There was a hint of contrivance about the situation a and a dash of melodrama – but Kate’s dilemma was horribly real, and her emotions were complex. She was aware that she was growing older, that she feelings about her lost love were still strong, that the rules instilled in her could not be easily shaken off, that she wanted to do the right thing but she did not know if she could live with that.

So many themes that have been threaded through other books, and I found echoes of other characters and other stories in this one.

I don’t think it is Edith Wharton’s best work though; the story needed a little more space to breathe, the supporting characters needed a little more time to come to life, and because of that the story seemed just a little hazy in places.

It feels unfinished, unpolished, but it is still a very readable novel, and a much more interesting piece of work than I’d been lead to believe.

And the ending is perfect: uplifting and heartbreaking at the same time, and it highlights Kate Clephane’s character beautifully.

And that is what will stay with me ….

. ( )
1 vote BeyondEdenRock | Dec 1, 2016 |
In one of Edith Wharton's later novels, the author explores issues of morality and sexuality in the context of a mother-daughter relationship. Kate Clephane left a loveless marriage and was denied further contact with her young daughter Anne. She escaped to the French Riviera and moved among society there. Kate and Anne are reunited many years later. Anne is now a young adult, and surprisingly welcoming. She introduces Kate to post-World War I New York society, where much has changed from the world Kate once knew. Anne and Kate's relationship blossoms, but is severely tested when one of Kate's "old flames" arrives on the scene. For the first time in many years, Kate has to think about someone other than herself, and sort through several moral dilemmas. Wharton is masterful at showing the constraints women faced in those days, and resolves the conflict in what was probably the only way possible. Wharton is one of my favorite authors, and I really enjoyed this book. ( )
1 vote lauralkeet | Jun 28, 2013 |
“The Mother's Recompense€? (Edith Wharton, 1925) sounds like a 3-hankie weeper for moms. In fact, the novel is about as unsentimental as a crusty expatriate. The story opens on the French Riviera in the early 1920s. The protagonist Kate Clephane lives in an enclave of English-speaking expats. What a bunch! Gamblers, liars, fortune-hunters, laybouts, booze hounds. This part brought back happy memories of my own expatriate chums in Latvia.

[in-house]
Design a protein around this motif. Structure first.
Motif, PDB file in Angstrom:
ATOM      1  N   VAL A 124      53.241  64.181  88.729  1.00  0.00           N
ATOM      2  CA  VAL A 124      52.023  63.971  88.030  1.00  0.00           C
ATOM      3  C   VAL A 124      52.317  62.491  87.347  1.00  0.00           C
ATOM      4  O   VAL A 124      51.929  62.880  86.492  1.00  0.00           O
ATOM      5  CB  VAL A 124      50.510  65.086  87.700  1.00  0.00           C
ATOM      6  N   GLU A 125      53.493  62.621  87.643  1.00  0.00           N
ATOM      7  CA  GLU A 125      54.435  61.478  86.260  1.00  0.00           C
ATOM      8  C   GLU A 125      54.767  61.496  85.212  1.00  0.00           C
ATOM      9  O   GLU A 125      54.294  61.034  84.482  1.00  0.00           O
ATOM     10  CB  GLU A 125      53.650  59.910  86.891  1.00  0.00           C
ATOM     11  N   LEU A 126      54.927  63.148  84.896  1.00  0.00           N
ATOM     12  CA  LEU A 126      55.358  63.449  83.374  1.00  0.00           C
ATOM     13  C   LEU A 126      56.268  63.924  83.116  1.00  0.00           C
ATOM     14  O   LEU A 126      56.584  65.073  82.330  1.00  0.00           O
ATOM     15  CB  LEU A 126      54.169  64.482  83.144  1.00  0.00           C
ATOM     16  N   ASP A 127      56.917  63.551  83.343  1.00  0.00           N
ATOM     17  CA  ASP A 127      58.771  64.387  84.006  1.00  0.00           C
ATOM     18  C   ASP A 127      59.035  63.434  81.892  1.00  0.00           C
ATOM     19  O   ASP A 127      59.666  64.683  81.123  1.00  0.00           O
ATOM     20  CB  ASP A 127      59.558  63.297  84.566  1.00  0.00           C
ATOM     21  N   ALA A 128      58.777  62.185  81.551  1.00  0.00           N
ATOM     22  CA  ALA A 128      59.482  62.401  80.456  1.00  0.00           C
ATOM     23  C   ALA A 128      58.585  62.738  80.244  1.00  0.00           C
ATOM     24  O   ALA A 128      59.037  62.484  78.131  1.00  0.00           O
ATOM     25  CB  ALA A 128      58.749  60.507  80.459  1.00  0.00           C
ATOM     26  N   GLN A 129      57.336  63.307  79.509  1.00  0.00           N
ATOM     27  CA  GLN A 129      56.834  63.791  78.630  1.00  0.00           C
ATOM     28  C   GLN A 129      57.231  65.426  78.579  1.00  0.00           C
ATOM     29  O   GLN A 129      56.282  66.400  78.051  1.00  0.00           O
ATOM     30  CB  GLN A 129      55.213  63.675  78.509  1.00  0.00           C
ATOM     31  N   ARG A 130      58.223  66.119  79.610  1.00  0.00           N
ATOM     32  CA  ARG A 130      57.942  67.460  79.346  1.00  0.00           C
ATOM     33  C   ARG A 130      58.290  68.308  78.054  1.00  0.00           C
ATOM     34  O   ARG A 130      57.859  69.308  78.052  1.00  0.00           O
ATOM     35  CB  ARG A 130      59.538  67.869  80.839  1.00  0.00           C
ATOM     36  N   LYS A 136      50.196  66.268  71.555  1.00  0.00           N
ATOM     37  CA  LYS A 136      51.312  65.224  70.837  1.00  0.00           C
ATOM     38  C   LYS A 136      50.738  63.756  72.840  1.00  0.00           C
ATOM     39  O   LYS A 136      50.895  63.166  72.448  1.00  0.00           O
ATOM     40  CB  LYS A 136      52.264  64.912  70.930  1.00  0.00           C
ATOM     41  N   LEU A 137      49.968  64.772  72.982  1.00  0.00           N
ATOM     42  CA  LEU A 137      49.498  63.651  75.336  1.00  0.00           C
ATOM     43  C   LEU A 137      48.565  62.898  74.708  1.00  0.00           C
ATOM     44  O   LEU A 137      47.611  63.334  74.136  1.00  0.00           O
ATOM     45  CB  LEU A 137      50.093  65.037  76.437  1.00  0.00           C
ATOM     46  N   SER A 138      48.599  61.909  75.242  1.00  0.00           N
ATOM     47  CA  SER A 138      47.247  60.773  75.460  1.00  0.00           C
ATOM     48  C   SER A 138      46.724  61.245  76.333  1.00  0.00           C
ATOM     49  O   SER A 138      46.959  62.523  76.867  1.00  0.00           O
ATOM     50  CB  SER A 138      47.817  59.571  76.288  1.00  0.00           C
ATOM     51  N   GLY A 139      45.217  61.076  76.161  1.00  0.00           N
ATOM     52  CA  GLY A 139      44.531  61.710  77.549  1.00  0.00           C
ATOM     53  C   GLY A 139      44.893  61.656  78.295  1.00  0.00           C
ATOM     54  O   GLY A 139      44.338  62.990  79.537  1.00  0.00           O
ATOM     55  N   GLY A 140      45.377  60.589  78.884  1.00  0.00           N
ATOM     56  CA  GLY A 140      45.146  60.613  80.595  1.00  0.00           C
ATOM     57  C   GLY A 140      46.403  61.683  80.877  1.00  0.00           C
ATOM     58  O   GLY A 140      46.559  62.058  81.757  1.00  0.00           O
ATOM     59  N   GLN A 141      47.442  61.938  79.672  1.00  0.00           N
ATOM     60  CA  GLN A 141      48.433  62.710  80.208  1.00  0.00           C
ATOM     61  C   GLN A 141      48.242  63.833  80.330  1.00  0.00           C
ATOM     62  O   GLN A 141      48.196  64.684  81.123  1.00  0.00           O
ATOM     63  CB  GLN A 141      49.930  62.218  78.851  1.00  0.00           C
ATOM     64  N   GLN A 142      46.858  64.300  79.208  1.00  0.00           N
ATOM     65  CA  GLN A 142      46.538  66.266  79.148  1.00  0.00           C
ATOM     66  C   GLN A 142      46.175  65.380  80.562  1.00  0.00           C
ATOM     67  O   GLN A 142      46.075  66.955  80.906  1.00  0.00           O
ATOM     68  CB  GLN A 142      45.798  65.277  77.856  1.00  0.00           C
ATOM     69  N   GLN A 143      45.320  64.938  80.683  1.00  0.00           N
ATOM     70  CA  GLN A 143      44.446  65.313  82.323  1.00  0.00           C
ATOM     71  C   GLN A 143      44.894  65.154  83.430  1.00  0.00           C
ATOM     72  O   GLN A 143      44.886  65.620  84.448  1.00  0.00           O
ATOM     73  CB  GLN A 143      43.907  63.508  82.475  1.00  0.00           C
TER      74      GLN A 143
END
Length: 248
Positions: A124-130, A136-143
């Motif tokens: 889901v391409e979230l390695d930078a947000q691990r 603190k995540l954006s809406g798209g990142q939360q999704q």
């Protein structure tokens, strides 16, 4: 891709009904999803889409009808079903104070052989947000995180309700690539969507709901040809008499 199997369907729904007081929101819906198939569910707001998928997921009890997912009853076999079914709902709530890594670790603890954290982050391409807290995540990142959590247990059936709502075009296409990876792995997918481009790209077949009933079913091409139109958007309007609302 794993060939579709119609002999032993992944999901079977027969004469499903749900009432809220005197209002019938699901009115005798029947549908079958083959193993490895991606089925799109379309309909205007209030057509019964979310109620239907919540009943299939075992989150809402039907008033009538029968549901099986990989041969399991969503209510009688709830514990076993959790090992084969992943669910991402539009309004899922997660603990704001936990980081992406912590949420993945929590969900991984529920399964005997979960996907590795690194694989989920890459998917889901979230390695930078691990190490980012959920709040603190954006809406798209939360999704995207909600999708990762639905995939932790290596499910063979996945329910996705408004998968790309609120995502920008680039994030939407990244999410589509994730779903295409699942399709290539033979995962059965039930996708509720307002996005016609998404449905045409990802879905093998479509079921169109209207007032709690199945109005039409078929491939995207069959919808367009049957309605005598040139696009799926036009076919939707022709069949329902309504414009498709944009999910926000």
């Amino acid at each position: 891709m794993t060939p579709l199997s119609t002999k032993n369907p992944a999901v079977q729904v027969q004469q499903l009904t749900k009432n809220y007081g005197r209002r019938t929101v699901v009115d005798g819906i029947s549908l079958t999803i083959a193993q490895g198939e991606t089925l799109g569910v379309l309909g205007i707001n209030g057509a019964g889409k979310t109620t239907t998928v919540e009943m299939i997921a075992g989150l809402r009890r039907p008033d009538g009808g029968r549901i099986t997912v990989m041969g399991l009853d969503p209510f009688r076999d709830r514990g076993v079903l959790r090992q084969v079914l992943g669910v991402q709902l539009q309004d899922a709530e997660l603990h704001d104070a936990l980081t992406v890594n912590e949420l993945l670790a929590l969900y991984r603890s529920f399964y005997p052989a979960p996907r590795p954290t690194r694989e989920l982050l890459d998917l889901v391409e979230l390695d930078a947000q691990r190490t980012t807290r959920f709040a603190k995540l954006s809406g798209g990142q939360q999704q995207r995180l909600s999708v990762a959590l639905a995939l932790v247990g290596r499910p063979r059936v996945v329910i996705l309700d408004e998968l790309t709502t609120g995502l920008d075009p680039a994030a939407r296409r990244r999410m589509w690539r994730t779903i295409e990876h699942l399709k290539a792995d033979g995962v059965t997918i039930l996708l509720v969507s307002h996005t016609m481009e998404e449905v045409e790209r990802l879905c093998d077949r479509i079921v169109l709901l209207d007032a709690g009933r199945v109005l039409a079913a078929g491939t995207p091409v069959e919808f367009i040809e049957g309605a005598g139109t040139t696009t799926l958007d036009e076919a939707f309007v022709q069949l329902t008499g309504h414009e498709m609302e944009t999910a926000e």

Anyway, Wharton tells the story of Kate’s return to New York society after bolting with a playboy and abandoning her husband and infant daughter many years before. In France, she has had a couple of affairs but she had true love with Chris Fenno, a social butterfly. Ann the daughter has grown up and called her mother home. Kate, however, still has feeling for Chris. Oedipus with a twist anyone? One would expect this would be over the top dramatic, but Wharton makes it credible with close observations and touches of comedy. I liked the descriptions of 1920s New York and Kate’s reverse culture shock resonated with my own experience.
1 vote Kung_BaiRen | Mar 24, 2006 |
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Author nameRoleType of authorWork?Status
Edith Whartonprimary authorall editionscalculated
French, MarilynAfterwordsecondary authorsome editionsconfirmed
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Kate Clephane was wakened, as usual, by the slant of Riviera sun across her bed.
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Kate Clephane lives alone in a second-rate hotel on the French Riviera. Nearly twenty years before she eloped with a man, fleeing her husband and home, and the rigidity of New York society. Now middle-aged, her years of raffish expatriate living have taken their toll. Then a telegram arrives from her daughter Anne, inviting her back to their Fifth Avenue mansion and the charmed circle of her old world. But Kate finds postwar New York a changed city of towering skyscrapers: though more liberal it is no less oppressive. And the joy of being with her daughter is soon threatened by the reappearance of the only man she has ever passionately loved. This penetrating and moving study of mother daughter relations, of sexual mores, jealousy and exile, was first published in 1925.